• For Example:: Storing and retrieving student records in order of their roll numbers for a report card generation system.

Code Example to explain the Difference

#include <iostream>
#include <unordered_map>
#include <map>

int main() 
{
    // unordered_map example
    std::unordered_map<std::string, int> wordFrequency = {
                                                {"Where", 20},
                                                {"How", 21},
                                                {"That", 19},
                                                {"What", 29} };

    std::cout << "nUnordered Map:" << std::endl;
    for (auto& pair : wordFrequency) 
    {
        std::cout << pair.first << ": " << pair.second << std::endl;
    }

    // map example
    std::map<std::string, int> sortedWordFrequency = {
                                                {"Where", 20},
                                                {"How", 21},
                                                {"That", 19},
                                                {"What", 29}  };

    std::cout << "n Map Contents:" << std::endl;
    for (auto& pair : sortedWordFrequency) 
    {
        std::cout << pair.first << ": " << pair.second << std::endl;
    }

    return 0;
}

Output:

Unordered Map:
What: 29
That: 19
How: 21
Where: 20

 Map Contents:
How: 21
That: 19
What: 29
Where: 20

In the above example, a key difference between std::unordered_map and std::map in C++ is illustrated through their handling of order and sorting.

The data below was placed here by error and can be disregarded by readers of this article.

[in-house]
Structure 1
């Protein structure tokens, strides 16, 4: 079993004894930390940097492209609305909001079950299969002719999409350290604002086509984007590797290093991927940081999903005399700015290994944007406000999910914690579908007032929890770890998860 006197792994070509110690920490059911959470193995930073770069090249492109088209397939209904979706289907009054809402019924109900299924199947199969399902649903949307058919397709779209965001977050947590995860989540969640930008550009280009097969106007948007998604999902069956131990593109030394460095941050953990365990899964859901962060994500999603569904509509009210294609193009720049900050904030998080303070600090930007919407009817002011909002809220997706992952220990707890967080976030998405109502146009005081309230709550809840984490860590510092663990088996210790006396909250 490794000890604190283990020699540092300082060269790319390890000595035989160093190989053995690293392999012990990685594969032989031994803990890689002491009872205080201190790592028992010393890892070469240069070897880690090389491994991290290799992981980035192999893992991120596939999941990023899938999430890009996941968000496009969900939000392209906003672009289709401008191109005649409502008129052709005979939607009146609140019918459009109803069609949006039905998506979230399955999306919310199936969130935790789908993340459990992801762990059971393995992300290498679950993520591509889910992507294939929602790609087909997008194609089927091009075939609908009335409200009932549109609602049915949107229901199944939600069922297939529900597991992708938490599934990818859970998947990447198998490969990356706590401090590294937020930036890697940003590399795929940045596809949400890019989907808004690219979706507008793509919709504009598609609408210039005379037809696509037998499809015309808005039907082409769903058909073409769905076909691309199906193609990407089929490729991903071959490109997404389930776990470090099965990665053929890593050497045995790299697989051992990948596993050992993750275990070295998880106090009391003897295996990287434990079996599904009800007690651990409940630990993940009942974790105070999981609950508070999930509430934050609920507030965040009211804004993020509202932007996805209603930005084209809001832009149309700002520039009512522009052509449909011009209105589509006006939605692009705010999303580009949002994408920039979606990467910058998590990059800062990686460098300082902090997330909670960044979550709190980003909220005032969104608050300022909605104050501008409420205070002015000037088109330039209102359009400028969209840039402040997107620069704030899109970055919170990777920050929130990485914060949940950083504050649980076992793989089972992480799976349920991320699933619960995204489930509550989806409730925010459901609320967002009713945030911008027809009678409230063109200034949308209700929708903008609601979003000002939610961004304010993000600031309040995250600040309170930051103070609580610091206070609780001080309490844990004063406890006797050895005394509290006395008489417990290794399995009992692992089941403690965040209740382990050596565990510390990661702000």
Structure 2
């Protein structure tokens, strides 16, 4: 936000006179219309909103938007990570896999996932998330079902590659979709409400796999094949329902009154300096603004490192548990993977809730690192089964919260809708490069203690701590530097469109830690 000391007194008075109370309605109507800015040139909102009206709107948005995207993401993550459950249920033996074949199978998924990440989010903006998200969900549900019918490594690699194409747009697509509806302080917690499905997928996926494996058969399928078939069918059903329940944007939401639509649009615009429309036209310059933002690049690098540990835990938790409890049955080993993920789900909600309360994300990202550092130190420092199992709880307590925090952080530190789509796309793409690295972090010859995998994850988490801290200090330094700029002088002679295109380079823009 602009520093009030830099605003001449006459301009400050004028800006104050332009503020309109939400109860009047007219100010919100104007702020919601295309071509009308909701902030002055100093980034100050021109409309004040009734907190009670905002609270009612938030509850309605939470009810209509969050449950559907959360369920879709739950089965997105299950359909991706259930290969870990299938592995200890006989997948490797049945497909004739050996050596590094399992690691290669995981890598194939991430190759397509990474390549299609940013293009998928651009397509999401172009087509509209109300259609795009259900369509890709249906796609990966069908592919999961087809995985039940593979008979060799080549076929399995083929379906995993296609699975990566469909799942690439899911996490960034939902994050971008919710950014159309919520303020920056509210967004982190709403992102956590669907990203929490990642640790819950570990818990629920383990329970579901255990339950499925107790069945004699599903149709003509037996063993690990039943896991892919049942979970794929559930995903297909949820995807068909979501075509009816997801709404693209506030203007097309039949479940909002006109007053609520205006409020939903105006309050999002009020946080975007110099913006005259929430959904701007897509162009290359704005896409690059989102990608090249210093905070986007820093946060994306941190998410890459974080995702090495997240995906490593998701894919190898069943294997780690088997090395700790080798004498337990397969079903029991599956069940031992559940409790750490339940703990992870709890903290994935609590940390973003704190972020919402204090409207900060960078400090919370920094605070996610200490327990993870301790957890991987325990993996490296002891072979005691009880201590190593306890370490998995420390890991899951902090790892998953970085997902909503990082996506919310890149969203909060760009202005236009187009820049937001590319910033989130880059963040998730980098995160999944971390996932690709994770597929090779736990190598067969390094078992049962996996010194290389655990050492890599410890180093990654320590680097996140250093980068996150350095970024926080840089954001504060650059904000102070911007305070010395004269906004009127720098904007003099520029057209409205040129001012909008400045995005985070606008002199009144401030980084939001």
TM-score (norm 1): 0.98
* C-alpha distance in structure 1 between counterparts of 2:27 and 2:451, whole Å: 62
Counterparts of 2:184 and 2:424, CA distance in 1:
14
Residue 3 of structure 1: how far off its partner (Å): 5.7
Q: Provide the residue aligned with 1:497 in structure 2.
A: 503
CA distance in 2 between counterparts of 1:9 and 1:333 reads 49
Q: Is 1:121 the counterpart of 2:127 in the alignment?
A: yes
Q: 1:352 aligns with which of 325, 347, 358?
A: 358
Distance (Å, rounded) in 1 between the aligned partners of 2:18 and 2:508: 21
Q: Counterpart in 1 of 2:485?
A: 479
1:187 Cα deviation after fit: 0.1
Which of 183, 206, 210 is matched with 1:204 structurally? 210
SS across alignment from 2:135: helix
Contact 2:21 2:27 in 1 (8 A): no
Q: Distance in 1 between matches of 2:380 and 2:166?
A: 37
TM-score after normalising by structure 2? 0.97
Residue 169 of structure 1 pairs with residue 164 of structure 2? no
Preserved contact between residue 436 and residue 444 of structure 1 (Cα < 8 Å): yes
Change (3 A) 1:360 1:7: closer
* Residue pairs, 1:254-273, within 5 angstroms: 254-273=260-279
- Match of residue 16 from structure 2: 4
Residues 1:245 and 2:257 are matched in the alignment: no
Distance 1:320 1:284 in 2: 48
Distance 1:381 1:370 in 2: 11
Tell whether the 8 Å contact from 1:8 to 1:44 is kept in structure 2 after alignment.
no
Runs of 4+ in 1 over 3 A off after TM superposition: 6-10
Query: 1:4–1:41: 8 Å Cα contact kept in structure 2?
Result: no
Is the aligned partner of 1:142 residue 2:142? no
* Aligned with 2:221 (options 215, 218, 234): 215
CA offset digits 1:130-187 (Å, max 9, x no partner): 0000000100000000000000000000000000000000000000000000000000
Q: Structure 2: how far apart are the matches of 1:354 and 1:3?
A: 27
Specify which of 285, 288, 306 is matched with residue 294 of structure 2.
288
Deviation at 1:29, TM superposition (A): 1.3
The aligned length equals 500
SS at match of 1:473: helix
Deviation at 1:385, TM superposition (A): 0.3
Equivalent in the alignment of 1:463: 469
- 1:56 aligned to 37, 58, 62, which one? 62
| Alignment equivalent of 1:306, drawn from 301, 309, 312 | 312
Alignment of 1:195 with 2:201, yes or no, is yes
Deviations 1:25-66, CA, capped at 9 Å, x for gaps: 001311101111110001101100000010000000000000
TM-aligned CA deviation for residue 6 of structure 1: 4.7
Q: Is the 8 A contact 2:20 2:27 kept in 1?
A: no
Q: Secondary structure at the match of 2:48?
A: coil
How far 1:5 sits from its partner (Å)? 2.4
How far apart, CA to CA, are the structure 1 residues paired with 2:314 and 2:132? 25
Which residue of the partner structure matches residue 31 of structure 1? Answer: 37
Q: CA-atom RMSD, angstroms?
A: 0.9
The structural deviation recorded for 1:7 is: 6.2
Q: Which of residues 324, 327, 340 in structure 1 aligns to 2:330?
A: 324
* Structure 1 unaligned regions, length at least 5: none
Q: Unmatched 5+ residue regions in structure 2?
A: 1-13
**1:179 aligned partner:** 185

An unordered_map (i.e. wordFrequency) does not maintain any specific order of the elements. It uses a hash table for storage, meaning the order of elements is determined by the hash function and can appear random. This is evident in the output, where the order of the words (“Where”, “How”, “That”, “What”) does not correspond to the order in which they were inserted nor are they sorted alphabetically.

In contrast, in a std::map (i.e., sortedWordFrequency) automatically sorts its elements. It uses a self-balancing binary search tree, which maintains the elements in sorted order based on their keys. This characteristic is clearly demonstrated in the output, where the same set of words is sorted alphabetically (“How”, “That”, “What”, “Where”), regardless of the order in which they were added to the map. This sorting behavior is intrinsic to std::map and is a primary reason to choose it over unordered_map when a sorted order of elements is required.

Summary

Choosing between unordered_map and map depends on your specific needs in C++. If you prioritize speed and don’t care about the order, unordered_map is the way to go. But if you need ordered data, then map is the better choice.

Ritika Ohri

Hi, I am Ritika Ohri, founder of this blog. I craft comprehensive programming tutorials and also manage a YouTube channel. You can also connect with me on Linkedin.